Shelley had a deep interest in ancient Greeks. His enthusiasm for the wisdom of the Greek philosophers is implicit in many of his poems. This gives Shelley a sharper appreciation of natural forms and the theory that artists and poets must try to remove the worldly cover from objects and expose the underlying ideal prototype. Platonism appeals to him most because the guiding power behind the ideal forms serves him in lieu of a religion. In ‘Adonais’, Shelley’s Platonism has found the most elaborate expression. Like the other Romantic poets, Shelley too was an ardent lover of Nature. Like Wordsworth, Shelley conceives of Nature as one spirit, the Supreme Power working through all things “The one spirit’s plastic distress/ Sweeps through the dull dense world.” Again he personifies each object of nature as an individual life, a part of that Supreme Power, Nature.

He celebrates nature in most of his poems as his main theme such as ‘’The Cloud’’, ‘’To a Skylark’’, and ‘’To the Moon’’. ‘’Ode to the West Wind’’, ‘’A Dream of the Unknown’’. The tone of pessimism set in the beginning with ‘dead’,’ghosts’,’corpse in grave’ reaches its climax with ‘ I fall upon the thorns of life, I bleed’. In the last stanzas the poet moves from the natural to the human misery and the mention of the hearth combines the two because hearth is seen as the centre of the earth where the natural world and the human one merge. The poet is seeking transcendence into the sublime as did Wordsworth in Tintern Abbey. The affinity of temper between them prompts the poet to appeal to the Wind to save him from his present plight. At this hour of distress the poet can look upon the Wind as a competent savior, a symbol of aid and relief. Finally, the West Wind is treated by the poet as representing the forces that can help bring about the golden millennium, when the miseries and agonies of mankind will be replaced by all round happiness. “The tumult of thy mighty harmonies

Will take from both a deep autumnal tone,
Sweet though in sadness.”
Shelley shows no sense of history and cannot put forth the cause and remedies of the evils he finds in human society. He has an intense belief that regeneration of mankind is imminent but cannot tell us why and how it is coming. His West Wind is a symbol of the forces that will bring about this regeneration: it is nothing more. He has never told us what these forces symbolized by the wind are in reality. Shelley belongs to the younger generation of Romantic poets. Like the other two poets of his generation, he died young. His poetry divided itself into two distinct moods. In one he is the violent reformer seeking to overthrow the present institutions’ in order to bring about the Golden Age. “Vaulted with all thy congregated might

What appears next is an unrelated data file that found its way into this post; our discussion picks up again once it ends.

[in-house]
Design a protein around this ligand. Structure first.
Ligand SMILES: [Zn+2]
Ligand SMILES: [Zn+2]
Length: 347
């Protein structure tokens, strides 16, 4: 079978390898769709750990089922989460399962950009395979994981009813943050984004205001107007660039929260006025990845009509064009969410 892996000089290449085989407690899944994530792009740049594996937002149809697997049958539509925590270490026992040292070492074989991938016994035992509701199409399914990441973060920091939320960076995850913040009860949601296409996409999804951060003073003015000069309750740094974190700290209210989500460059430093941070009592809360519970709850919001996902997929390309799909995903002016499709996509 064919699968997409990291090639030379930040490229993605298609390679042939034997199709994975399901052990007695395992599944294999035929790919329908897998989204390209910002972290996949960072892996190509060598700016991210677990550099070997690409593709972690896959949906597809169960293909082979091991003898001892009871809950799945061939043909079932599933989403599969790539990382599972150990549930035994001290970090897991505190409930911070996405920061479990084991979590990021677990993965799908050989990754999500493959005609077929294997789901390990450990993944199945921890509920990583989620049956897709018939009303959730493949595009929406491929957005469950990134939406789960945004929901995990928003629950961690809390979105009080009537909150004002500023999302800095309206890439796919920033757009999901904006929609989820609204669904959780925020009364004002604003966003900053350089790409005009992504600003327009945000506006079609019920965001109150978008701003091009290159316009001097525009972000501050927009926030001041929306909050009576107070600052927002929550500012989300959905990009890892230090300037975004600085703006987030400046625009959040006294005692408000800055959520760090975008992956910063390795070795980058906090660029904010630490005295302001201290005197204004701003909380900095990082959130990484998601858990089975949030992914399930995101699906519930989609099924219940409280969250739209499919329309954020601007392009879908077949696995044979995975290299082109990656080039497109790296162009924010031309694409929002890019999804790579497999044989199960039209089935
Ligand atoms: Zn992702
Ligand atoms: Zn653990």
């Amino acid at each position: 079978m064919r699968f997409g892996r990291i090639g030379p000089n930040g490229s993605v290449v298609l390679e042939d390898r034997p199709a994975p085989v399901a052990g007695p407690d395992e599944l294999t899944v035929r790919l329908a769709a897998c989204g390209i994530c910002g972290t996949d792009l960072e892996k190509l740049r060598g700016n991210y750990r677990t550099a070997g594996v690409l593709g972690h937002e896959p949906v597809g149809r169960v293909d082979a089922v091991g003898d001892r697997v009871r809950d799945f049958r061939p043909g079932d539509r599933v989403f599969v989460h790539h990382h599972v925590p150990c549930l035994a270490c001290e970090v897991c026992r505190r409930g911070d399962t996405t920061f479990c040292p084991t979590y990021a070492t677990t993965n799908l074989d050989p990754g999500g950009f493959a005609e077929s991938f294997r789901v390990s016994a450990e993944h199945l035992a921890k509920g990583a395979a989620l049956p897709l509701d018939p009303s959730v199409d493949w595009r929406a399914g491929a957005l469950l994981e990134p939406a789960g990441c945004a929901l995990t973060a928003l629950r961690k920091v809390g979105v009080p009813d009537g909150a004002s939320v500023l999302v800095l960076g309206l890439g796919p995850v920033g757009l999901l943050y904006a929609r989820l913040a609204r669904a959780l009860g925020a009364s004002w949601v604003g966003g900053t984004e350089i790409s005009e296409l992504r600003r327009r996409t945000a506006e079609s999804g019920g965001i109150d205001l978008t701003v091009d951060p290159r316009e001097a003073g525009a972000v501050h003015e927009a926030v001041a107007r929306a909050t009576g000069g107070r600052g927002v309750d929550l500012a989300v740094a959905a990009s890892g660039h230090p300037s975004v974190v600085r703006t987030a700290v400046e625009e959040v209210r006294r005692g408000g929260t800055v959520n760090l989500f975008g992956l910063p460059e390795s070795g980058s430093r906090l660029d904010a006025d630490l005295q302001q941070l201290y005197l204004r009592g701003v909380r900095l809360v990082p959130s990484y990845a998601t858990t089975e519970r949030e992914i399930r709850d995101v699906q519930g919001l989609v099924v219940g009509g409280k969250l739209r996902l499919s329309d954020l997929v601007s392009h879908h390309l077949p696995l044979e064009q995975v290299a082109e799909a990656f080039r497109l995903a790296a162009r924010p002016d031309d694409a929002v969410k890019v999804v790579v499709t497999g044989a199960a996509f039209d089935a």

Of vapours, from whose solid atmosphere
Black rain, and fire, and hail will burst:-O hear!”
Sometimes Shelley becomes pantheistic in his concept of nature when he seems to believe that every aspect of nature is a manifestation of only one and invisible soul or spirit and that after the end of the earthly existence, everything is reunited with that one soul. “…that sustaining love

Which through the web of being blindly wove
By man and beast and earth and air and sea.”
Shelley’s lyrics are surpassingly musical and sweet. Swinburne was ecstatic in his tribute to this aspect of Shelley’s lyricism. Shelley out sang all poets on record, but some two or three throughout all time; his depths and heights of inner and outer music are as diverse as nature’s and not sooner exhaustible. He was alone the perfect singing God; his thoughts words and deeds all sang together. Arnold, one of the worst critics of Shelley, admired his music and remarked: “the right sphere of Shelley’s genius was the sphere of music.” Shelley’s careful handling of diction fitting into the sense of his lines enhances the musical quality keeping with the swift, of his lyrics.

The rhythm of Ode to the West Wind is thus exactly in gusty march of the wind itself: “O wild West Wind, thou breathe of Autumn’s being.” Shelley never allows morbidity to overcome the enjoyment in his lyrics. Self-pity is no doubt his favorite theme, but in his lyrics, he presents this self-pity, not as something to be feared, but as an essential part of life. Shelley’s readers are never depressed because they are constantly reminded that sufferings lie only in the present and that in future all sufferings will be replaced by pure happiness. His despondency is soon replaced by an ecstatic rapture of joy when he comes to think of the future happiness of mankind, of the millennium to come: “If Winter comes, can Spring be far behind?”